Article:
“There will not likely be any new major policy victories for President Biden. His first two years in office have been highly successful, with landmark laws in infrastructure, technology, economic policy, and more. Left undone is a new law protecting voting rights, abortion rights, and civil liberties. With a Republican-controlled House, these are not likely to advance in any meaningful way. They might pass the Senate and come within a handful of votes in the House, but they will not likely pass”, says Thomas A. Bryer.
Bryer comments that one concern for the world is brinkmanship on the question of the US debt ceiling. Currently, the US government has borrowed more than it is authorised to by Congress. To keep the government operating, programs functioning, and employees paid, Congress must vote to raise the debt ceiling. If this does not happen, there will be repercussions for the US economy and these will trigger consequences for the global economy.
“The difference of a handful of votes in the House of Representatives can be the difference between ongoing economic recovery and global economic crisis. The stakes are high for the speaker and the president to negotiate smartly within a highly politised environment. If the speaker compromises, he could very well be out of a job. If the president compromises, he could face a more difficult path to re-election if he chooses to run”, says the expert.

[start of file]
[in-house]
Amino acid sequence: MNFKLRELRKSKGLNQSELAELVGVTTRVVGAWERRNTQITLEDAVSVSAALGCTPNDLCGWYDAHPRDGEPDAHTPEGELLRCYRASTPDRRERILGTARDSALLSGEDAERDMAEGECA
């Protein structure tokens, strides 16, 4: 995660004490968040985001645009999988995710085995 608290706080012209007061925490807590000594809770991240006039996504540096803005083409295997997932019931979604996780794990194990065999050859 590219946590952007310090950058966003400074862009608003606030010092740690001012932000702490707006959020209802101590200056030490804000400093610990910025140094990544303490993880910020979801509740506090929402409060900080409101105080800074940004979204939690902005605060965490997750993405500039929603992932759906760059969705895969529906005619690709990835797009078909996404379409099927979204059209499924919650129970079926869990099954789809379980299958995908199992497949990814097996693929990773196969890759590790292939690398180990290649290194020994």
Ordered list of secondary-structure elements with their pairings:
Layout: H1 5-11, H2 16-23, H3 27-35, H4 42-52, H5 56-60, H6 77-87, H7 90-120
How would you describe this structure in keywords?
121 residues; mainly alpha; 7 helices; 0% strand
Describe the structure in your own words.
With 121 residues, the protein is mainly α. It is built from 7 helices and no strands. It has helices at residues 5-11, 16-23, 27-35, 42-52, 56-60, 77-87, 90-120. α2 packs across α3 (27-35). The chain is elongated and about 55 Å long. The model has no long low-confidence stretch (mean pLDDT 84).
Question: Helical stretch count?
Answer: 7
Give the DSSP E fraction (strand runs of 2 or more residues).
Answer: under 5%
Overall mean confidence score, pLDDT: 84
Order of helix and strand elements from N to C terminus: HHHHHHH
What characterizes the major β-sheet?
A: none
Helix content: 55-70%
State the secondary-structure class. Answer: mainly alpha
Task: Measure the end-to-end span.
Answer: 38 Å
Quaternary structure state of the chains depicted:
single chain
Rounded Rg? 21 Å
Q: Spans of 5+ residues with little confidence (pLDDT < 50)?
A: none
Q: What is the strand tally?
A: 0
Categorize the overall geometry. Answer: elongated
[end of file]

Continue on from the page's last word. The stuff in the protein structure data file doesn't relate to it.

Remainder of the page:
Just before last year’s House elections, McCarthy said that the GOP is likely to oppose more aid to Ukraine in its war with Russia, because of more important issues closer to home. However, the KTU professor believes that the House of Representatives can only question the importance of support, but will not obstruct it.
“It is possible the House of Representatives will block further spending in support of Ukraine. It is unlikely to happen, as moderate Republicans remain steadfast in their support of Ukraine and their opposition to Russian aggression. The House will likely launch committee hearings and investigations related to spending that has been authorised, which will require the president to clearly demonstrate the value of money spent in support of Ukraine”, says Thomas A. Bryer.
Although republicans that hold the majority in the House of Representatives are sceptical about NATO too, the House of Representatives has no say in the US role in the treaty organisation, thus the fear that the US will invest less in NATO is unfounded.
“The House of Representatives has no authority to extract the United States from NATO, but they do have the power of the purse, or the power to spend or not spend money. It is highly unlikely that efforts will be made to threaten US investment in NATO. Republican leaders might convene hearings as part of their oversight role. Ultimately, there is no reason to expect any major change to US involvement in NATO or support for Ukraine, unless support for Ukraine is used as a point of leverage to extract concessions from the president during the negotiations to raise the debt ceiling”, he says.